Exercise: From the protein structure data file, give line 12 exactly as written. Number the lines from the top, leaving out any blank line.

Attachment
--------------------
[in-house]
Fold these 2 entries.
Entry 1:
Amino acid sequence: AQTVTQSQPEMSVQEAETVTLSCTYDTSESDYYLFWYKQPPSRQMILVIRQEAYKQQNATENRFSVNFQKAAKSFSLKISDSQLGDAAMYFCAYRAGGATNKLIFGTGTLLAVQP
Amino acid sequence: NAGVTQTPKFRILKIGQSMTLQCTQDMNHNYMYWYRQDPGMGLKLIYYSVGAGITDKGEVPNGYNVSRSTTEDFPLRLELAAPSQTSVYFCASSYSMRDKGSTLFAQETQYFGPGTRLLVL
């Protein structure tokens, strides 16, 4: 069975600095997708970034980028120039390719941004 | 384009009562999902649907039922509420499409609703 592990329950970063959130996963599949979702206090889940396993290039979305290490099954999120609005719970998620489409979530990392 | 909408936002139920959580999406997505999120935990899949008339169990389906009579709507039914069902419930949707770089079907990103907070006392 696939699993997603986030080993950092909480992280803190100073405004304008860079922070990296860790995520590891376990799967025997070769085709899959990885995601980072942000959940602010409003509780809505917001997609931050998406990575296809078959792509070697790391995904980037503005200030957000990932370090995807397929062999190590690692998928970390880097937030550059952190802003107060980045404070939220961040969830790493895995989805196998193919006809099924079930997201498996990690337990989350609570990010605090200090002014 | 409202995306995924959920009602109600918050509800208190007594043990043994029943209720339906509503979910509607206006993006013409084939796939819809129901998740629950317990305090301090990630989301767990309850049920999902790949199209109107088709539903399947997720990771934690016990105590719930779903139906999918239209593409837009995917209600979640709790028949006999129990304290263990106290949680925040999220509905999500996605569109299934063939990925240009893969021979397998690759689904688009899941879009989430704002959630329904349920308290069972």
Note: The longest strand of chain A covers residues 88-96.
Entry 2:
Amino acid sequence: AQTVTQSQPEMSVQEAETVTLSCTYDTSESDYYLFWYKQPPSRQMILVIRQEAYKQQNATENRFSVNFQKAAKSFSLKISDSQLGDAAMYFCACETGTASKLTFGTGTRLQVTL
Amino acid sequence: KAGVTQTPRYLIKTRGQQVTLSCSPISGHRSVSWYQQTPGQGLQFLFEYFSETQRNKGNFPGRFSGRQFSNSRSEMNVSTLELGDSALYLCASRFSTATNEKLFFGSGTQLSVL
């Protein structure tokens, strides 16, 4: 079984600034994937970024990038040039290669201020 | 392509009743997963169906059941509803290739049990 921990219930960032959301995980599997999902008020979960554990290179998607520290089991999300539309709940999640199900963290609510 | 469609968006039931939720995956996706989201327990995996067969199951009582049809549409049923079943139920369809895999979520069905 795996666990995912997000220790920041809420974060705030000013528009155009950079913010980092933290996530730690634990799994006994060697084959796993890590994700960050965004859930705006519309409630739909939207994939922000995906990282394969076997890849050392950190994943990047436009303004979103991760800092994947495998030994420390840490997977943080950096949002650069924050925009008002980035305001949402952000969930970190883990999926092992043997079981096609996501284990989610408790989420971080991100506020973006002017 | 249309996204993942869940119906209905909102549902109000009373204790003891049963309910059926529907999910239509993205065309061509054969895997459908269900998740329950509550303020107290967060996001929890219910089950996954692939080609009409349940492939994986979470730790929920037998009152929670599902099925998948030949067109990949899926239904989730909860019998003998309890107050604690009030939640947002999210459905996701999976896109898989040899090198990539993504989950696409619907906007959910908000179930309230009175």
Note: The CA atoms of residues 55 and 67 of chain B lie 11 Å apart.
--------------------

Note: The CA atoms of residues 55 and 67 of chain B lie 11 Å apart.